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Joy: ‘Extreme' edition

Alisha King even did a lap on her street after TV crews ‘move that bus' and reveal her remodeled home.

By Mark Washburn
TV/Radio Writer

When Alisha King got a look at her new house Monday, her reaction was appropriately extreme.

While she and her family were off to Puerto Rico on a gift vacation, “Extreme Makeover: Home Edition” knocked down her old 1,900-square-foot home and replaced it with a 5,100-square-foot showcase that looks like it dropped straight from heaven into Charlotte's modest Windsor Park neighborhood.

King broke away from her family when she got a glimpse, and did a lap on Sudbury Road flailing her arms and hopping high.

More than 2,000 people turned out for the reveal for the ABC program, becoming part of the show themselves. Crew members directed the crowd to whoop it up for more than three hours and chant repeatedly “Move That Bus!” – a reference to the show's view-blocking travel bus at the curb – as videographers captured footage for the episode, which will likely air in October.

Weather was wilting – temperatures were in the 90s and the humidity thick. At least 20 people were treated on the scene by Medic for heat-related problems, including one who was taken to the hospital.

Finally, at 3:17 p.m., a stretch limousine pulled up beside the bus and the King family got out. Host Ty Pennington came over and, with four cameras hovering, waved his hands and chatted with the Kings about the experience about to unfold.

Seven minutes later – with one more round of chants, then a shushing of the crowd – the bus rumbled off.

Before the Kings was a two-story mini-mansion with porches upstairs and down, a two-car garage, cedar columns, and a handicapped-accessible ramp to a side door for their home day care.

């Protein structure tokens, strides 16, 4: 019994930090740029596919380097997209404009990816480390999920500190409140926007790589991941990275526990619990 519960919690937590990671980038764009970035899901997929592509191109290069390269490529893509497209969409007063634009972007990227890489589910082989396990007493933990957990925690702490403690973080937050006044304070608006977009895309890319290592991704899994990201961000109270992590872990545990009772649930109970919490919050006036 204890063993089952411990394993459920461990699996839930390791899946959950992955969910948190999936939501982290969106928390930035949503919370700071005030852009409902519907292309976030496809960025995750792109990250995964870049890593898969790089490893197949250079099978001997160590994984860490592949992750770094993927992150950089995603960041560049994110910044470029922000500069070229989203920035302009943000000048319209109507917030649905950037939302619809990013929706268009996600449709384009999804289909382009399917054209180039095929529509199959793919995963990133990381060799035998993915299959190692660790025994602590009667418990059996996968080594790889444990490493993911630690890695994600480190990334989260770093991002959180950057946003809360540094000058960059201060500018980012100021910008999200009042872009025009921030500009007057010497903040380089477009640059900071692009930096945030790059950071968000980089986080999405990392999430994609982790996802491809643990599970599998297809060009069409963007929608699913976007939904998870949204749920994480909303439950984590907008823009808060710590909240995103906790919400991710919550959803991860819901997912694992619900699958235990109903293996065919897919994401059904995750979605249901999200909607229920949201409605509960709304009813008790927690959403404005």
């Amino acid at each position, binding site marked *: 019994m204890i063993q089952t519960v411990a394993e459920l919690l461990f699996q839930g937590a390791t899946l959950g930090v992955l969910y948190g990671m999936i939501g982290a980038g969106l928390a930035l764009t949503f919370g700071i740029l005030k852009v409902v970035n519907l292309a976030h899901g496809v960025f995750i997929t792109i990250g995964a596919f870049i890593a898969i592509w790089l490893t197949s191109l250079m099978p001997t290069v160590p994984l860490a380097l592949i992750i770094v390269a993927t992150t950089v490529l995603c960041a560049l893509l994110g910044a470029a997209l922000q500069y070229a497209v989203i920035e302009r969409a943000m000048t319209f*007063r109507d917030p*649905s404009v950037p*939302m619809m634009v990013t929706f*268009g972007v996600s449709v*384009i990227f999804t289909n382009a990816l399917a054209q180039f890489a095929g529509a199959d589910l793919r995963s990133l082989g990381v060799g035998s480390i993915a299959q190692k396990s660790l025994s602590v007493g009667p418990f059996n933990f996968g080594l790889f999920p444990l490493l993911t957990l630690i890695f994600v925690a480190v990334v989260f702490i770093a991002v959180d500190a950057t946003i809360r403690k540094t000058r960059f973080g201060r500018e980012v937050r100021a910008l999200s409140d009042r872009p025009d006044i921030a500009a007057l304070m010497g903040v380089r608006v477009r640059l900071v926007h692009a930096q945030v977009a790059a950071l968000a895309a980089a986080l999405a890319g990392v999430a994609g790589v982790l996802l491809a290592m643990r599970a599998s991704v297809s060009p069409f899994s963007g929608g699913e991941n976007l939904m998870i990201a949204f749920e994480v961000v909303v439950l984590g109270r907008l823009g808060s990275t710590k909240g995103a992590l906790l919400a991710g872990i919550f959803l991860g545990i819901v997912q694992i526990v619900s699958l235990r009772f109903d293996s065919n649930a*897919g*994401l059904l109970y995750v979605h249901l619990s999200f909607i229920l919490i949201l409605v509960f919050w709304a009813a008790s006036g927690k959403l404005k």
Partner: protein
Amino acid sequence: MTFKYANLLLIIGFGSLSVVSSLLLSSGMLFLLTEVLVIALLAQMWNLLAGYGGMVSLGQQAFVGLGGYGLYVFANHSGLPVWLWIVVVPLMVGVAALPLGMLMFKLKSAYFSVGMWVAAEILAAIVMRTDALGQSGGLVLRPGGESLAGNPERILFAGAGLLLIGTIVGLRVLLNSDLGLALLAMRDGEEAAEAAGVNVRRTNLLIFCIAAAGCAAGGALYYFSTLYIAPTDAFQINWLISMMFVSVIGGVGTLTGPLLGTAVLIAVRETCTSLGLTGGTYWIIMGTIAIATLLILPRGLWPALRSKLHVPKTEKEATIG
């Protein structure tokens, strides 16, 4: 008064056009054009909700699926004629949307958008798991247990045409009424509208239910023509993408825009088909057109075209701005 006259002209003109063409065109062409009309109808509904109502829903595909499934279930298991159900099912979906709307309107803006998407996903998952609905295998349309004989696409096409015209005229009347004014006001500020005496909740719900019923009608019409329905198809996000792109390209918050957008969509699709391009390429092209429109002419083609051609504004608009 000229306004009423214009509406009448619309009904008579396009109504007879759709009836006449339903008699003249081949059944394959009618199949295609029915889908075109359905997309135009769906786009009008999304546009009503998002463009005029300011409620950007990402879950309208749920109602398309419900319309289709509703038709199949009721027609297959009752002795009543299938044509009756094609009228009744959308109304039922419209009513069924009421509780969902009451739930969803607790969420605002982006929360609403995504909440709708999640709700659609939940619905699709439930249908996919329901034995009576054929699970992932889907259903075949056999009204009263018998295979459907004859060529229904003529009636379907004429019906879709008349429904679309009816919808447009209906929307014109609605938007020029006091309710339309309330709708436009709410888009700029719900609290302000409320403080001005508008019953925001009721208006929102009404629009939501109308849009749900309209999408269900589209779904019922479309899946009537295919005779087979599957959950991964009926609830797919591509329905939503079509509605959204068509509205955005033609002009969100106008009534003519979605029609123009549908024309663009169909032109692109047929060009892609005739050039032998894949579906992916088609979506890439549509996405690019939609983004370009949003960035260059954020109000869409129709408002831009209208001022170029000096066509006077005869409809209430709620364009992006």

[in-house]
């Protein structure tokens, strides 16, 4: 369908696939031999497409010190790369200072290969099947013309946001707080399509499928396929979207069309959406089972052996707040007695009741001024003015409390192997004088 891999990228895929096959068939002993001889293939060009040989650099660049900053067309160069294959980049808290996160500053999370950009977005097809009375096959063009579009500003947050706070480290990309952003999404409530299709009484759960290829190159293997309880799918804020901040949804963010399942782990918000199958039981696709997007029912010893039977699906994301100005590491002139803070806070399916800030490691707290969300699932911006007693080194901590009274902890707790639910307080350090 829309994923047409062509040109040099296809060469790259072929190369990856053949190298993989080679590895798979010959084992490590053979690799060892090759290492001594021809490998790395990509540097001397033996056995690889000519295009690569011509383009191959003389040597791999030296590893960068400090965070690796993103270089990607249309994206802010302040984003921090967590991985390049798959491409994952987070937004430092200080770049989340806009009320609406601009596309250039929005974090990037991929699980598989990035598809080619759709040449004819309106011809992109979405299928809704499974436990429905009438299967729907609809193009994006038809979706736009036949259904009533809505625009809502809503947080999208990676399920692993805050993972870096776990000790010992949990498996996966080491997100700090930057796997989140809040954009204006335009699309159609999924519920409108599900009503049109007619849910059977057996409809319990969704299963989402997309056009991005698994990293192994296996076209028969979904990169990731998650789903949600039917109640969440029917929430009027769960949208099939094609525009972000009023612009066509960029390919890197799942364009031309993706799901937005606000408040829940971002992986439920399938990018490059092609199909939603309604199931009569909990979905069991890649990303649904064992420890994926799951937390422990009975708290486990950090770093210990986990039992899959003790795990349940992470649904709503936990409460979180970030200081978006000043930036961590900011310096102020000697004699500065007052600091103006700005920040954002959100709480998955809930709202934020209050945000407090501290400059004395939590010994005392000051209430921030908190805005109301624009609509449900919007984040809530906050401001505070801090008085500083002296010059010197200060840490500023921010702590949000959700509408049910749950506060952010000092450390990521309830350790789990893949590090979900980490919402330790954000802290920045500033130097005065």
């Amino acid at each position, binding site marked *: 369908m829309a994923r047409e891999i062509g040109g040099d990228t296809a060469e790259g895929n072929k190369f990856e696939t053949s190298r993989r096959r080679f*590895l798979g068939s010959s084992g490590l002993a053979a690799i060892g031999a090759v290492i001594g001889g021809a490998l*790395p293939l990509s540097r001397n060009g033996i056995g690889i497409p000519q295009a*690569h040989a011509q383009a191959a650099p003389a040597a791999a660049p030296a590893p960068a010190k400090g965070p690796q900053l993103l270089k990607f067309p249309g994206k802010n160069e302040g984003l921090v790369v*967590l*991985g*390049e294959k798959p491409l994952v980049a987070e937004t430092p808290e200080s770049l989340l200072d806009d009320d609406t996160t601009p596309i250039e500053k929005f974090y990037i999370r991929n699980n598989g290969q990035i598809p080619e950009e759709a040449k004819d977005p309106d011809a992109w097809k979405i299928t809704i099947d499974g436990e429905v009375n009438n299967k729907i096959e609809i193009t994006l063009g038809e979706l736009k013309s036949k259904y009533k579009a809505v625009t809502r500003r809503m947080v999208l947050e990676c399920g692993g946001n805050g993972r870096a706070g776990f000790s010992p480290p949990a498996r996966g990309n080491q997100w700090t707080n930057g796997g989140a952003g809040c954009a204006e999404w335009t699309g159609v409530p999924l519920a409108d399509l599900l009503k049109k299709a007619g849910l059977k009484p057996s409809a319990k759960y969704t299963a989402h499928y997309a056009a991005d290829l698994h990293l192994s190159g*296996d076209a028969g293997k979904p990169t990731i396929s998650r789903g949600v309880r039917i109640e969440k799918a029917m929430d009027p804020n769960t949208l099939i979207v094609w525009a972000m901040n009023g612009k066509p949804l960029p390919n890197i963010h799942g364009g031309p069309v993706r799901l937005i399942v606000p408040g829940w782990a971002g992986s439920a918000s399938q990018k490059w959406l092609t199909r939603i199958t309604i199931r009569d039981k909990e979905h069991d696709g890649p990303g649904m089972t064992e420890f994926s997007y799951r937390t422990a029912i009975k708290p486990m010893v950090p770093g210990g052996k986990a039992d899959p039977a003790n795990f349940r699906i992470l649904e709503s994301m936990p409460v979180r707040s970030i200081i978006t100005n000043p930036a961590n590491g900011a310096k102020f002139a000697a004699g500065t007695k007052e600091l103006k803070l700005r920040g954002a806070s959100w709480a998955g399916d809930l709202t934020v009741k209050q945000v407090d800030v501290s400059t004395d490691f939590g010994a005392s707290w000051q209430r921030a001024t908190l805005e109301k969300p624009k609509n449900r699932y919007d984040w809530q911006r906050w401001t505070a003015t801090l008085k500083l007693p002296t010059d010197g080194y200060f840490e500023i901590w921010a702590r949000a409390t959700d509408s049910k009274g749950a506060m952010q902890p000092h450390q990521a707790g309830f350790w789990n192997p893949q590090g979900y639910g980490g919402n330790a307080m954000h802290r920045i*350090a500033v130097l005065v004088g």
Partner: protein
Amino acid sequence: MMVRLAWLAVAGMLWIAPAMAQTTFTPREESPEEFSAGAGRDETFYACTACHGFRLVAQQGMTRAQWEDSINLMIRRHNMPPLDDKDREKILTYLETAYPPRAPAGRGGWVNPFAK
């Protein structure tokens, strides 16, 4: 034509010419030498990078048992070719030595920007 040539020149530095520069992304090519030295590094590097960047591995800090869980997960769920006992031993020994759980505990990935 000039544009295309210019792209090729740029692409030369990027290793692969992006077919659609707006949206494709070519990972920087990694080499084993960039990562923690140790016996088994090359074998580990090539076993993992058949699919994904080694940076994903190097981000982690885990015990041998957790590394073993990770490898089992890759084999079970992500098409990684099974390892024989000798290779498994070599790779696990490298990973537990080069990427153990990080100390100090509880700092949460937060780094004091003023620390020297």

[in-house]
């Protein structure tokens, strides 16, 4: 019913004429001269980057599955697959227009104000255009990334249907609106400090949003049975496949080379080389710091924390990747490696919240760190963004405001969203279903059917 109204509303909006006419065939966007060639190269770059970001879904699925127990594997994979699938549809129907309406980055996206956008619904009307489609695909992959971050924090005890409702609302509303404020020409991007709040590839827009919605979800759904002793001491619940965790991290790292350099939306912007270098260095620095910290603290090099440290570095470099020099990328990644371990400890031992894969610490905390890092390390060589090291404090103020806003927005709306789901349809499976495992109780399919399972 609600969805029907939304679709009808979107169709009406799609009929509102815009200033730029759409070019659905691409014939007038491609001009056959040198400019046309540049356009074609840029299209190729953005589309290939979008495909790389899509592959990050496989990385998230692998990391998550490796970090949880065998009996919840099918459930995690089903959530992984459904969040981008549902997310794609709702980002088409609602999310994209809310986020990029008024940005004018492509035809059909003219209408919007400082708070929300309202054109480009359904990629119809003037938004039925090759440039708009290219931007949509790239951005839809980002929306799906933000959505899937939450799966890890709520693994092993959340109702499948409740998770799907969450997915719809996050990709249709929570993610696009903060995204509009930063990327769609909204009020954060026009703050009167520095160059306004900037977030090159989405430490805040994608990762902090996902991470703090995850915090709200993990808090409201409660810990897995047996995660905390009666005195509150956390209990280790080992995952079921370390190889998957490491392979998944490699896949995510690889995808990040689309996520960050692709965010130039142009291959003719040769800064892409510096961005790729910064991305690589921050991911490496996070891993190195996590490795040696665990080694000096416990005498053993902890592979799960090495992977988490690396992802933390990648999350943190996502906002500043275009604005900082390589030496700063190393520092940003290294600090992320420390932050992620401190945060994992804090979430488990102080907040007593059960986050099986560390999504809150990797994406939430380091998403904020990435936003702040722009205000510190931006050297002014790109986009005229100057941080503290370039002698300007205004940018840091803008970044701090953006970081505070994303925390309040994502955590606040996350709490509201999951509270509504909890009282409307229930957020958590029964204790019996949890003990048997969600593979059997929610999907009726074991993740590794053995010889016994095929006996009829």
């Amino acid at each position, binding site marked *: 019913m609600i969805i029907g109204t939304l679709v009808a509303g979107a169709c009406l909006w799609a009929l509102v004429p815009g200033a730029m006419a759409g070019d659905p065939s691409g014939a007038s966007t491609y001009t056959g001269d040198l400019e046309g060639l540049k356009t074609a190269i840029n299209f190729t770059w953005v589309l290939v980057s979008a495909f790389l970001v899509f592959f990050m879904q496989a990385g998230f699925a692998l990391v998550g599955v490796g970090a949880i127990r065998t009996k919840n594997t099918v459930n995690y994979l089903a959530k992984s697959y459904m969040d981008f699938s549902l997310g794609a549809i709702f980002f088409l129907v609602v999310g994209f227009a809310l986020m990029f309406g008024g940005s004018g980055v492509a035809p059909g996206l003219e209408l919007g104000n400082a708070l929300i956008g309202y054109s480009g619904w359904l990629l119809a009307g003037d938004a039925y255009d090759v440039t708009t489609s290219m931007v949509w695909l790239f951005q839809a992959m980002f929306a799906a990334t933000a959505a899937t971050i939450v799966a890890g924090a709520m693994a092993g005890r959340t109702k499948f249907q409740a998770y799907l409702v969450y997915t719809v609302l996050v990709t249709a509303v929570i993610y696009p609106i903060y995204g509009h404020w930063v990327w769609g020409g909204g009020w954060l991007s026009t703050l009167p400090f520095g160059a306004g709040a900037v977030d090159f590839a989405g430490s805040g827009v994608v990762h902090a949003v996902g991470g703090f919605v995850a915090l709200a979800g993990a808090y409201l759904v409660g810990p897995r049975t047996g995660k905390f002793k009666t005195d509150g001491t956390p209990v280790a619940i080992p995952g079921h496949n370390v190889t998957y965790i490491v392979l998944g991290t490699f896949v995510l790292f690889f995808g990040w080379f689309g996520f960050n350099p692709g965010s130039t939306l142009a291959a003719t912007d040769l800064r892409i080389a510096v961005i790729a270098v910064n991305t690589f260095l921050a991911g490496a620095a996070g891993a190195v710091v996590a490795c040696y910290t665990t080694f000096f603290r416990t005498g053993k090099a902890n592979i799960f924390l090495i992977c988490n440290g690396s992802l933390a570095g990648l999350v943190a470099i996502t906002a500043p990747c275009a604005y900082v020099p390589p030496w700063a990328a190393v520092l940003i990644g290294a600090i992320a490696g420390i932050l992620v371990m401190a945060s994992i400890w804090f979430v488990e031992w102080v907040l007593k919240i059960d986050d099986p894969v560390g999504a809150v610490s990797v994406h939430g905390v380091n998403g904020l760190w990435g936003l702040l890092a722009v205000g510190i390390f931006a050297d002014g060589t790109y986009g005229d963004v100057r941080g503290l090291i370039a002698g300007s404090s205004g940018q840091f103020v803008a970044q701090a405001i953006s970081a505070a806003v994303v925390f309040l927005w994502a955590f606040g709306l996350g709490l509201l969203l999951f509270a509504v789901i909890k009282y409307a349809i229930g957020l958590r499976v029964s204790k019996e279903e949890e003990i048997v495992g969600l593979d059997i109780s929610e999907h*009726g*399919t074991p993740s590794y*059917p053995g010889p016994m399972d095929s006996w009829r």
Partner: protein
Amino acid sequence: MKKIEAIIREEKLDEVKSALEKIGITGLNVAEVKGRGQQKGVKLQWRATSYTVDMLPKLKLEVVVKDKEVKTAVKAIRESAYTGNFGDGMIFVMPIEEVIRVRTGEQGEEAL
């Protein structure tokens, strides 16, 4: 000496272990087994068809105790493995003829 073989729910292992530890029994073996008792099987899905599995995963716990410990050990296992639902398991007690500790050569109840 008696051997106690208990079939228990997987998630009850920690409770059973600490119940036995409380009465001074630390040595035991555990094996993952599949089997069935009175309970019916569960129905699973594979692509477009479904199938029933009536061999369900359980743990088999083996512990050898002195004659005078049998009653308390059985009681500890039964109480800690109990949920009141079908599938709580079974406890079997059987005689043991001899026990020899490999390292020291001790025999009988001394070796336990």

Plopped in an elegant, close-in neighborhood like Myers Park, it would be worth $800,000 to $1 million, various real estate experts guessed. But putting a value on it Monday was impossible – there were no real estate comparisons in Windsor Park for properties anywhere near close.

When a tax valuation is placed on their new home, it will swell from the $112,000 valuation of their former home.

Organizers typically set aside money to ensure families can afford their gift homes. Community fundraisers help underwrite those accounts.

“Most family mortgages are paid off,” says Didiayer Snyder, one of the designers on the Charlotte build. Also, money is put in escrow for things such as taxes, power bills and other expenses. What's given to the King family won't be known until the show airs.

A surge of volunteerism

Charlotte's “Extreme Makeover” involved thousands of volunteers over the last week, brought hefty corporate donations and focused attention on the Kings' East Side neighborhood, a collection of mostly one-story brick homes built in the 1960s.

“East Side needed this push,” said Mayor Pat McCrory, who came out to have a peek for himself. “It helps build in momentum to revitalize the East Side … A few of these neighborhoods have felt ignored. Neighborhood organizations over here are fighting for their neighborhoods.”

Kirby Chitwood said he expects there to be an enduring pattern of volunteerism spurred by “Extreme Makeover.”

He's a division manager with Charlotte's Cox Schepp Construction Inc. – one of dozens of companies providing labor, materials and expertise to the project. Already, he said, executives in his firm are discussing organizing quarterly volunteer efforts, whether with Habitat for Humanity or through other groups.

Demolition to reveal

In all, it took 106 hours, from demolition Wednesday to the last inspection Sunday, to complete the house at 4214 Sudbury Road.

It took the efforts of thousands, most on six-hour shifts, working around the clock. “I didn't build the house; Charlotte built the house,” lead builder Rick Merlini said Monday.

Following the exterior reveal, the Kings were taken inside for several hours of filming. There they found a fully furnished, lavishly appointed homestead that ran the range from plasma televisions in leisure areas to cotton balls in the bathrooms. Their kitchen was brimming with goods and their day care was filled with toys and educational materials.

While the Kings' place sparkled, the rest of their block looked a little worn. Spectators had tromped a path on neighbors' yards and the street remained choked with production trucks. Today the fleet should begin clearing out, and producers say they will tend to the lawns and other dings from the filming.

Mark Washburn: 704-358-5007; mwashburn@charlotteobserver.com

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